Cancer Pain, A Guide for You and Your Family
Having cancer does not always mean having pain. For those with pain, there
are many different kinds of medicines, ways to receive the medicine, and
nonmedicine methods that can relieve the pain you may have. You should not
accept pain as a normal part of having cancer. When you are free of pain, you
can sleep and eat better, enjoy the company of family and friends, and continue
with your work and hobbies.
Important Facts About Cancer Pain Treatment
Only you know how much pain you
have. Telling your doctor and nurse when you have pain is important. Not only is
pain easier to treat when you first have it, but pain can be an early warning
sign of the side effects of the cancer or the cancer treatment. Together -
you, your nurse, and doctor - can talk about how to treat your pain. You have
a right to pain relief, and you should insist on it.
Here are some facts about cancer pain that may help answer some of your
1. Cancer pain can almost always be relieved.
There are many different medicines
and methods available to control cancer pain. You should expect your doctor to
seek all the information and resources necessary to make you as comfortable as
possible. However, no one doctor can know everything about all medical problems.
If you are in pain and your doctor suggests no other options, ask to see a pain
specialist or have your doctor consult with a pain specialist. Pain specialists
may be oncologists, anesthesiologists, neurologists, or neurosurgeons, other
doctors, nurses, or pharmacists. A pain control team may also include
psychologists and social workers.
If you have trouble locating a pain program or specialist, contact a cancer
center, a hospice, or the oncology department at your local hospital or medical
center. The National Cancer Institute's (NCI) Cancer Information Service (CIS)
and other organizations can give you a list of pain management facilities. The
American Cancer Society (ACS) and other organizations may also be able to
provide names of pain specialists, pain clinics, or programs in your area.
2. Controlling your cancer pain is part of the overall treatment for cancer.
Your doctor wants and needs to hear about what works and what doesn't work for
your pain. Knowing about the pain will help your doctor better understand how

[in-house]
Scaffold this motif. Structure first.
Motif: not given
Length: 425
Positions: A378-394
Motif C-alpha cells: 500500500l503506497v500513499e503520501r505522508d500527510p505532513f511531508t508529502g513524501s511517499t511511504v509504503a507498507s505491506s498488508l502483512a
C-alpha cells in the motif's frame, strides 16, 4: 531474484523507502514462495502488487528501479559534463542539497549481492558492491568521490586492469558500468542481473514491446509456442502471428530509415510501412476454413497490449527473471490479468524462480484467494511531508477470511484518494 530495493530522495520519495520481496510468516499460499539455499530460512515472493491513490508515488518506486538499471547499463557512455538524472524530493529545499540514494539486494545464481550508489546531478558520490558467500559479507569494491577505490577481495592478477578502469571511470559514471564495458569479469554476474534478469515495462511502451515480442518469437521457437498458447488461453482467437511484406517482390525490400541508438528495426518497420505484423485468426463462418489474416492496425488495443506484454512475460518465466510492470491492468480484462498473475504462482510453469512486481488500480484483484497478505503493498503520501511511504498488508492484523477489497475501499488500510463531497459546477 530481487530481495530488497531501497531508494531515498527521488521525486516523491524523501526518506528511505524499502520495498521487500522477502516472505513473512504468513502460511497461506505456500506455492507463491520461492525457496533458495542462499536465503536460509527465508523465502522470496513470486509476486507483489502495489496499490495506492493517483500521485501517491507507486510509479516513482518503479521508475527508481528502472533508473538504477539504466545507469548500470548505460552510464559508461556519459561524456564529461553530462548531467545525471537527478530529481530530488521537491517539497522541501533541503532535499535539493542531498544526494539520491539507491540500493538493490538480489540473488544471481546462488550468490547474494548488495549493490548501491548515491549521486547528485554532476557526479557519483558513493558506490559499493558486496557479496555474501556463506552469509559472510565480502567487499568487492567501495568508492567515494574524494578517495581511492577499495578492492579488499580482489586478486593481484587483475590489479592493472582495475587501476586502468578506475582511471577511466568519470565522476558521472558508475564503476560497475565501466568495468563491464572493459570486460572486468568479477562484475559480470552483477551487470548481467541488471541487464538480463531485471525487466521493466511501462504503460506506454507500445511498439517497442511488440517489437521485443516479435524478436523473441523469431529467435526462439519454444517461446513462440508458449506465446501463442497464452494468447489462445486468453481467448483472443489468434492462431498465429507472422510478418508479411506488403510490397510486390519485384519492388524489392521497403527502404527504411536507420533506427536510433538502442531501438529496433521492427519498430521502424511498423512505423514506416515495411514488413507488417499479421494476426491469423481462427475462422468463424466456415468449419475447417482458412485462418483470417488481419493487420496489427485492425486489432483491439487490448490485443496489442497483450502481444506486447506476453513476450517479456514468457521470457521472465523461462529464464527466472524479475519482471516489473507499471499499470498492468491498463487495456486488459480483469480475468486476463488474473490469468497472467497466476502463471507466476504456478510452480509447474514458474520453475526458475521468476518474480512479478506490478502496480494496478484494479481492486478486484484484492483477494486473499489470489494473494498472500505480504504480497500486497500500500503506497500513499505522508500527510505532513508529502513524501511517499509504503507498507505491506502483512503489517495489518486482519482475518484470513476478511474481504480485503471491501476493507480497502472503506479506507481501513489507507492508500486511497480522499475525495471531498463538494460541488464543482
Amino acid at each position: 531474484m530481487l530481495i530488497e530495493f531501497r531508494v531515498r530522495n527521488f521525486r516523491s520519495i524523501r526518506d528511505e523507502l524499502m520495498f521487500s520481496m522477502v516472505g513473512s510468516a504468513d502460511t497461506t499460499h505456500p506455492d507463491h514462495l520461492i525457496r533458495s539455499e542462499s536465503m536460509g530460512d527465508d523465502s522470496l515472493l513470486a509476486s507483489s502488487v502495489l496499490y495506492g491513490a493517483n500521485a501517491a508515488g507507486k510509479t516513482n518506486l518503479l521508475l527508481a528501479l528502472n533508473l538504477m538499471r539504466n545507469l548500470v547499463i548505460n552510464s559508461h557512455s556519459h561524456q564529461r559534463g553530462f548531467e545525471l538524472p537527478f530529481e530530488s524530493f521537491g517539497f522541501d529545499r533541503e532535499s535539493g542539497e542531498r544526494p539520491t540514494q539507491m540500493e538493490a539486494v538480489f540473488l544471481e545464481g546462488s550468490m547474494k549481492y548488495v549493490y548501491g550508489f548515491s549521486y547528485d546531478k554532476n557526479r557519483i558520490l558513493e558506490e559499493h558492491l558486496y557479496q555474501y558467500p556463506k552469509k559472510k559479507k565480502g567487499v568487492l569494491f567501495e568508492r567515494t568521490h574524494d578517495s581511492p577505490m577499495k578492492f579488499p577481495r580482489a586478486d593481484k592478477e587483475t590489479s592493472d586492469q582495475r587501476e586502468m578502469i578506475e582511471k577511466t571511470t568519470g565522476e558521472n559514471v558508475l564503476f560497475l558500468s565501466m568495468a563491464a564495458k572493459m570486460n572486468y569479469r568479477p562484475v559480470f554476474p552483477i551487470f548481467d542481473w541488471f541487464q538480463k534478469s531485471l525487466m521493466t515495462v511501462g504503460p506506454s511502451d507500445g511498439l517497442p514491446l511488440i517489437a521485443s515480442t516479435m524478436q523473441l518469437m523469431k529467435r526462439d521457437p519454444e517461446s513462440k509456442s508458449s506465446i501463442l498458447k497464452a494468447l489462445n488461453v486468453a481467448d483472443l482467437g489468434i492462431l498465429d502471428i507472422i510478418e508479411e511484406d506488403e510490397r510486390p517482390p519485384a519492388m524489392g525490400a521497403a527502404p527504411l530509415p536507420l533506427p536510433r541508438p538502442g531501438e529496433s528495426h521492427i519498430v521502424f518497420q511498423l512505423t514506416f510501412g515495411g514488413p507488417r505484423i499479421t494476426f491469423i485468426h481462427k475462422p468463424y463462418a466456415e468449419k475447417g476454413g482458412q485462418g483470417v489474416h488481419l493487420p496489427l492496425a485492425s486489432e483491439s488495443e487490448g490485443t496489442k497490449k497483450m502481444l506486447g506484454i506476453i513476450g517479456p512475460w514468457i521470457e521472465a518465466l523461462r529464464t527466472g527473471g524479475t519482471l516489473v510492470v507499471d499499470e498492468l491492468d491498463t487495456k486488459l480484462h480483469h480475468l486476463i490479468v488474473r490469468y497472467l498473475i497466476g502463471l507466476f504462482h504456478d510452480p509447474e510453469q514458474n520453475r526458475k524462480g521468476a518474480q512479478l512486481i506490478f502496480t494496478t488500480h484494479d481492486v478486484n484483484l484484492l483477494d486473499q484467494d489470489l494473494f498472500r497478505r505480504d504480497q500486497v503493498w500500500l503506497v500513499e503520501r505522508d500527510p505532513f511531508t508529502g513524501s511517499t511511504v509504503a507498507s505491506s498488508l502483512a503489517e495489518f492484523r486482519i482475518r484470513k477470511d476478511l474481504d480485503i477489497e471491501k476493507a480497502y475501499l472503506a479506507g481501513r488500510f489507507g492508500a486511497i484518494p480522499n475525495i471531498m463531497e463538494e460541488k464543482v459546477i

the cancer and the treatment are affecting your body. Discussions about pain
will not distract your doctor from treating the cancer.
3. Preventing pain from starting or getting worse is the best way to control it.
Pain is best relieved when treated early. You may hear some people refer to this
as "staying on top" of the pain. Do not try to hold off as long as
possible between doses. Pain may get worse if you wait, and it may take longer,
or require larger doses, for your medicine to give you relief.
4. Telling the doctor or nurse about pain is not a sign of weakness.
You have a
right to ask for pain relief. Not everyone feels pain in the same way. There is
no need to be "stoic" or "brave" if you have more pain than
others with the same kind of cancer. In fact, as soon as you have any pain you
should speak up. Remember, it is easier to control pain when it just starts
rather than waiting until after it becomes severe.
5. People who take cancer pain medicines, as prescribed by the doctor, rarely
become addicted to them.
Addiction is a common fear of people taking pain
medicine. Such fear may prevent people from taking the medicine. Or it may cause
family members to encourage you to "hold off" as long as possible
between doses. Addiction is defined by many medical societies as uncontrollable
drug craving, seeking, and use. When opioids (also known as narcotics) - the
strongest pain relievers available - are taken for pain, they rarely cause
addiction as defined here. When you are ready to stop taking opioids, the doctor
gradually lowers the amount of medicine you are taking. By the time you stop
using it completely, the body has had time to adjust. Talk to your doctor,
nurse, or pharmacist about how to use pain medicines safely and about any
concerns you have about addiction.
6. Most people do not get "high" or lose control when they take cancer
pain medicines as prescribed by the doctor.
Some pain medicines can cause you to
feel sleepy when you first take them. This feeling usually goes away within a
few days. Sometimes you become drowsy because, with the relief of the pain, you
are now able to catch up on the much needed sleep you missed when you were in
pain. On occasion, people get dizzy or feel confused when they take pain
medicines. Tell your doctor or nurse if this happens to you. Changing your dose
or type of medicine can usually solve the problem.
7. Side effects from medicines can be managed or often prevented.
can cause constipation, nausea and vomiting, or drowsiness. Your doctor or nurse
can help you manage these side effects. These problems usually go away after a
few days of taking the medicine. Many side effects can be managed by changing
the medicine or the dose or times when the medicine is taken.